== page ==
He also collects the post cards of restaurants whose post card mug shots are part of the collecting world of Duncan Hines. He has a meaningful collection of the 10,000 or so issued between 1936 and 1962. He also acquires the printed menus of these restaurants and their "top marked" china when he finds it.
In support of his Baskerville collection he has collected book auction catalogues. He has about 30,000, his American sales very complete back to 1900 and reasonably complete from there to 1850. He uses them to track appearances, the denier of his collecting twill apparent in these numbers and approach.
He has also collected honors. In 1989 he received the Thomas More Medal for Book Collecting and in 2004 the Hubert Howe Bancroft Award. He is currently president of the Machine Cancel Society, honorary consultant to the American Antiquarian Society, past Council member of the Grolier Club and past president of the Bibliographical Society of America and the Book Club of California. During summers he teaches at the Rare Book School.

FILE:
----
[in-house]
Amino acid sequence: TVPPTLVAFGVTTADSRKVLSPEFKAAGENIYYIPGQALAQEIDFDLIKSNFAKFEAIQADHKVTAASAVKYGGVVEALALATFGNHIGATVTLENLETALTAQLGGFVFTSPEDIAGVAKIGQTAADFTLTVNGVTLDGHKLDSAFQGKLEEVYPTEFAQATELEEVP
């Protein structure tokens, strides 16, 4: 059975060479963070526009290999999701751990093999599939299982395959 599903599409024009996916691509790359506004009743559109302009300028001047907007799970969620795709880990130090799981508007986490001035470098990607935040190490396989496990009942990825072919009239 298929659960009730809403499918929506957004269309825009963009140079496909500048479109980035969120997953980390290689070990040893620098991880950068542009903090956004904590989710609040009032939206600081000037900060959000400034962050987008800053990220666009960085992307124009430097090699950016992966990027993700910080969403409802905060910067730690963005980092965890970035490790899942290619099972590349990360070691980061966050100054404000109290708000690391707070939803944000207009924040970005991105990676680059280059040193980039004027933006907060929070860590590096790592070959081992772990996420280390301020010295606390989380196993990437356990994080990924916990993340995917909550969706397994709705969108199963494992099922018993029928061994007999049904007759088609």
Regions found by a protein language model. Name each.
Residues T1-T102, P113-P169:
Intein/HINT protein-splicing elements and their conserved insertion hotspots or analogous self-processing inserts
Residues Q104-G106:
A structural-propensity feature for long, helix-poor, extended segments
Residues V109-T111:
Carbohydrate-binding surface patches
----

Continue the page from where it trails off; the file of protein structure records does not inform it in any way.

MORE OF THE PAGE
He tells the story of tracking down Hines signs to a place back east where they all were sent to die, each of them leased, not owned by restaurants and always required to be returned. They are today the rarissima of this particular obsession so if Mr. Barlow disappears for a few days to points unknown the chances are good he's discovered these dinosaur bones in some old warehouse and, hard hat on tight, is stepping through debris, brushing away dirt hoping to be able to then say "Yes, I think that's one. I'd like to buy it."
In San Francisco it's now 2:00 pm and the postman and UPS drivers have come and gone. A few packages, the day's arrivals, wait quietly their cues to trundle into view. For a few moments they are the prize, the day's communion wafers of postcards, menus, stamps, cancels and books. For tomorrow to be blessed these delivery men must again return and chances are they will.